Newspaper article The Florida Times Union

Kingfish Tourney Gets People Hooked on Nature

Newspaper article The Florida Times Union

Kingfish Tourney Gets People Hooked on Nature

Article excerpt

Byline: Quinton White

The First Coast has an abundance of natural resources that we enjoy and maybe too often take for granted. I was reminded of this earlier this month during the 35th annual Greater Jacksonville Kingfish Tournament.

I have been working with the tournament for 33 of those years as their marine biologist. The organizers and volunteers spend many hours working to make the tournament a success. The tournament is part of Jacksonville Marine Charities, which in turn contribute to a number of marine conservation and educational efforts in our community.

All the activities are held at Jim King Park and Boat Ramp at Sisters Creek. The late Sen. King was the longtime voice of the tournament and was an avid sportsman. The facilities at the marina are the result of the partnership between the city of Jacksonville and Jacksonville Marine Charities.

My role is to ensure the fish caught are, in fact, kingfish, and that they were caught on the day of the tournament. I also weigh in on any injured fish as to whether it is still able to fight and is not mutilated. Fish can be attacked by sharks and barracuda just as they are about to be boated. We often see only the head of the fish.

The first point may seem obvious, that you should catch only kingfish during a kingfish tournament.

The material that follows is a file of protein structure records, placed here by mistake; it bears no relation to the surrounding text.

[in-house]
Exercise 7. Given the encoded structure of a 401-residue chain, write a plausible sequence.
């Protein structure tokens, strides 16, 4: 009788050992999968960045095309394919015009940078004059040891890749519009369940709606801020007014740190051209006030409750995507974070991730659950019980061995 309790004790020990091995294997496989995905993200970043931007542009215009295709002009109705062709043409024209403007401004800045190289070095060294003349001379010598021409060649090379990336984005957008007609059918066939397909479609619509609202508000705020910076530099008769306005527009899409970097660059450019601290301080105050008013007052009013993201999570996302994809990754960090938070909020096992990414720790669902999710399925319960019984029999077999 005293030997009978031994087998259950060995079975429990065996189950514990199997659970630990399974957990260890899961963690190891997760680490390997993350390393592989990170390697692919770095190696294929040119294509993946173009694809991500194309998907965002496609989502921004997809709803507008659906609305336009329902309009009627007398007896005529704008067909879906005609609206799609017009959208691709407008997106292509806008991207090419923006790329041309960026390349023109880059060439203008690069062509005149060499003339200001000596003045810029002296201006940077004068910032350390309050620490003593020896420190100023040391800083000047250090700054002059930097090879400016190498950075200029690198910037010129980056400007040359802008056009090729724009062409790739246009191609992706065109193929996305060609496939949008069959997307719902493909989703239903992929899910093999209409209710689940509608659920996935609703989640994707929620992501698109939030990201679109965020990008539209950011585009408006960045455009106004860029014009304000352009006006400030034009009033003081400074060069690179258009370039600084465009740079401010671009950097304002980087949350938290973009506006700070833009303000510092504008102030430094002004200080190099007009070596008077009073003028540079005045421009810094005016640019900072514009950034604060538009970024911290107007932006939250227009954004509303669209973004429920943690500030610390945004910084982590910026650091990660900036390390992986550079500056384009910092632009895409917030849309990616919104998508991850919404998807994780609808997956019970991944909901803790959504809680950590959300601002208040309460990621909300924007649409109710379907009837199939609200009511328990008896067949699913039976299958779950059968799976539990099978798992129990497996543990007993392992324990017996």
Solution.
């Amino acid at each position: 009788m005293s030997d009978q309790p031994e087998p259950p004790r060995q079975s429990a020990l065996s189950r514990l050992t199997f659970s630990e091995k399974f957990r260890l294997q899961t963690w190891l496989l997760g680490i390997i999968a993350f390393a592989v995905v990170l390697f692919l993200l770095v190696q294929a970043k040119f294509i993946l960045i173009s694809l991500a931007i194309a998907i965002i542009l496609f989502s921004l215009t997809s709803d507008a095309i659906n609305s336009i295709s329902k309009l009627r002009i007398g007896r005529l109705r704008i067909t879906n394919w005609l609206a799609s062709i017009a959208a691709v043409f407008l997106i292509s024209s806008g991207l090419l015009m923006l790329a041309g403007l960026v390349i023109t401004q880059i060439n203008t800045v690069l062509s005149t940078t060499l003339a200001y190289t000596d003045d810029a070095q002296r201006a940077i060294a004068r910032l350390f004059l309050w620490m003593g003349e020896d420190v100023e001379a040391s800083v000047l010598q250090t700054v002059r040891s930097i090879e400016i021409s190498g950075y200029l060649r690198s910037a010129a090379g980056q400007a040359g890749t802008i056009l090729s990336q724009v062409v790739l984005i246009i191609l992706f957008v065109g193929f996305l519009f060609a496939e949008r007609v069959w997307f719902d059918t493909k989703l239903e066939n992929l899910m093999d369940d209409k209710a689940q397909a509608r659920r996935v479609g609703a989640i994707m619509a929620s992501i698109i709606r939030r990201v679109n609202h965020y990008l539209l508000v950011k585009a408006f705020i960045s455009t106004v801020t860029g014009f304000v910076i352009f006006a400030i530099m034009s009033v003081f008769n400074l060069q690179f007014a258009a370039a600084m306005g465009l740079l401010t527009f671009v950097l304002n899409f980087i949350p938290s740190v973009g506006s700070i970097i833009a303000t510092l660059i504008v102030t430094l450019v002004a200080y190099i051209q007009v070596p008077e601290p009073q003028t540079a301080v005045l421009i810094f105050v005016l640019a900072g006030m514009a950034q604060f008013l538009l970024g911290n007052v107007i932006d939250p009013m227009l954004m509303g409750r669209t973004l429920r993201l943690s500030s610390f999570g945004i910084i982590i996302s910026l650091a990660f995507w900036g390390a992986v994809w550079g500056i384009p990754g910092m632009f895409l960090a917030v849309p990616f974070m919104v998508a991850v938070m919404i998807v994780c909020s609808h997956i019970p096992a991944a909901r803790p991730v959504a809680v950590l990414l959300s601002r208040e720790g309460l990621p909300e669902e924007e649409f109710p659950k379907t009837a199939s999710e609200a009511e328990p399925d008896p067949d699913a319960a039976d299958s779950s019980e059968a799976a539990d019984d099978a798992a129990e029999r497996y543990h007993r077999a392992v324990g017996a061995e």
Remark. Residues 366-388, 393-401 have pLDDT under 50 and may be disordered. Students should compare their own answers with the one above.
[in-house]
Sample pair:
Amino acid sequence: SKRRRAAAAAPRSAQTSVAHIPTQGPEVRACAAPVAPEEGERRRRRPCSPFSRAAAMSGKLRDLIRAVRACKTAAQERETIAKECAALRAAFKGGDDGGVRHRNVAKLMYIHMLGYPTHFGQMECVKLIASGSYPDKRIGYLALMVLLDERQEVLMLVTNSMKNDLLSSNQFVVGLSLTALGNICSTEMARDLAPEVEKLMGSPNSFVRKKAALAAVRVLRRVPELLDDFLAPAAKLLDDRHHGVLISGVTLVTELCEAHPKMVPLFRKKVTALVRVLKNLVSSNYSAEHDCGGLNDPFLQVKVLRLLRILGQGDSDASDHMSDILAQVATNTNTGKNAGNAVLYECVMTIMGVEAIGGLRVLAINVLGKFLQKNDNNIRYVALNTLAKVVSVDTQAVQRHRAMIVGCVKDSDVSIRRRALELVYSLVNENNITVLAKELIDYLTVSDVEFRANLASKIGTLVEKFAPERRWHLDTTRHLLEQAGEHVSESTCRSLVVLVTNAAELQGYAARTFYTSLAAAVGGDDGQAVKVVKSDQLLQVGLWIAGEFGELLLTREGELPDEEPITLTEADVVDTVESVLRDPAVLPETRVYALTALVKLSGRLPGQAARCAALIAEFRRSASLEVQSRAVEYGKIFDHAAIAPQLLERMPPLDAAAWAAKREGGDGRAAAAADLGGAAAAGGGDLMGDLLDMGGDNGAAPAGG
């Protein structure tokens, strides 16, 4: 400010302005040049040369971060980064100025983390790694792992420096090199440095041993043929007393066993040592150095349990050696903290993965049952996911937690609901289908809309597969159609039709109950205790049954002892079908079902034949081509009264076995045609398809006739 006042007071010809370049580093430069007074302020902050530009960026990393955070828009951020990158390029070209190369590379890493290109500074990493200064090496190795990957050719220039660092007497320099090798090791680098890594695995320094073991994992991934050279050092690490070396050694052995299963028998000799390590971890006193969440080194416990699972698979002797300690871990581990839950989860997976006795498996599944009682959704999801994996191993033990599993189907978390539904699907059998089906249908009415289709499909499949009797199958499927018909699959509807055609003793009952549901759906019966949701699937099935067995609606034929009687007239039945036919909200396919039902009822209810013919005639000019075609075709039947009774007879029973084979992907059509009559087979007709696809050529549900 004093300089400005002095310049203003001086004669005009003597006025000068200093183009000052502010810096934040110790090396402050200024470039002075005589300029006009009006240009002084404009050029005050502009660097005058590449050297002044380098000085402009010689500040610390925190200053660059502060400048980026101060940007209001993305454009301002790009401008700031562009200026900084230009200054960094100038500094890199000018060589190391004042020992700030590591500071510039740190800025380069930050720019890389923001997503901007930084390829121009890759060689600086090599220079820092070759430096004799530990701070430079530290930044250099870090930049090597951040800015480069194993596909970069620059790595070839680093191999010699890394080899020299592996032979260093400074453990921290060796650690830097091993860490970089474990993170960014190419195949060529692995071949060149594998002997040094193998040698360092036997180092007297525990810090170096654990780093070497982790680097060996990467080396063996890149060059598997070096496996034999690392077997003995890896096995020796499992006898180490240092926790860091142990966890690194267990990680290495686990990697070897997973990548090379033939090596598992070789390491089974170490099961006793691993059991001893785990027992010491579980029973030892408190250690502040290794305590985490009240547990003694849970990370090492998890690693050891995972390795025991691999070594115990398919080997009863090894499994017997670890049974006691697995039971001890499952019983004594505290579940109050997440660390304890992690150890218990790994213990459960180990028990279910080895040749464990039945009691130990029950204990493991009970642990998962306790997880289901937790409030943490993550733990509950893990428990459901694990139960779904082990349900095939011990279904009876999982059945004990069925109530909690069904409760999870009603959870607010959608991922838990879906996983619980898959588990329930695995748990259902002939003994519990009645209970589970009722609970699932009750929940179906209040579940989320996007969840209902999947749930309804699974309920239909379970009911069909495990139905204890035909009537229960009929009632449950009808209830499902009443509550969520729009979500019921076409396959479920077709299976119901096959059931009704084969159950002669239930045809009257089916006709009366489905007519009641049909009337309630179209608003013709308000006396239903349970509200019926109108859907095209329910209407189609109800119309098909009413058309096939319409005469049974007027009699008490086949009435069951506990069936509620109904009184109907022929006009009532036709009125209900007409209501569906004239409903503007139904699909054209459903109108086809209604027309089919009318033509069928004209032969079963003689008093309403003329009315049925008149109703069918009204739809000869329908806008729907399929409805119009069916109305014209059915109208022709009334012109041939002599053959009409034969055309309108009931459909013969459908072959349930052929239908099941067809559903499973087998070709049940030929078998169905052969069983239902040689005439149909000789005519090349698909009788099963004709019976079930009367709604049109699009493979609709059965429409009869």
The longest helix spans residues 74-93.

Kingfish are also known as king mackerel, and there are some other similar species. Spanish mackerel, wahoo and barracuda have all been brought into the weigh-in station by fishermen who mistakenly identified their fish. This happened more frequently during the early days of the tournament when up to 1,000 boats participated. Some of those fishermen had limited experience with kingfish but were drawn to the large prizes being offered. Winning a new boat, motor and trailer was tempting to many. People came from far and wide to fish our waters. The tournament has always had an "anyone can win" kind of atmosphere.

My real role for the tournament was to encourage honesty among the fishermen. There just might be some who would catch a very large kingfish while practicing their techniques, or scouting the best locations, and try to freeze it, or keep it on ice for a few days. …

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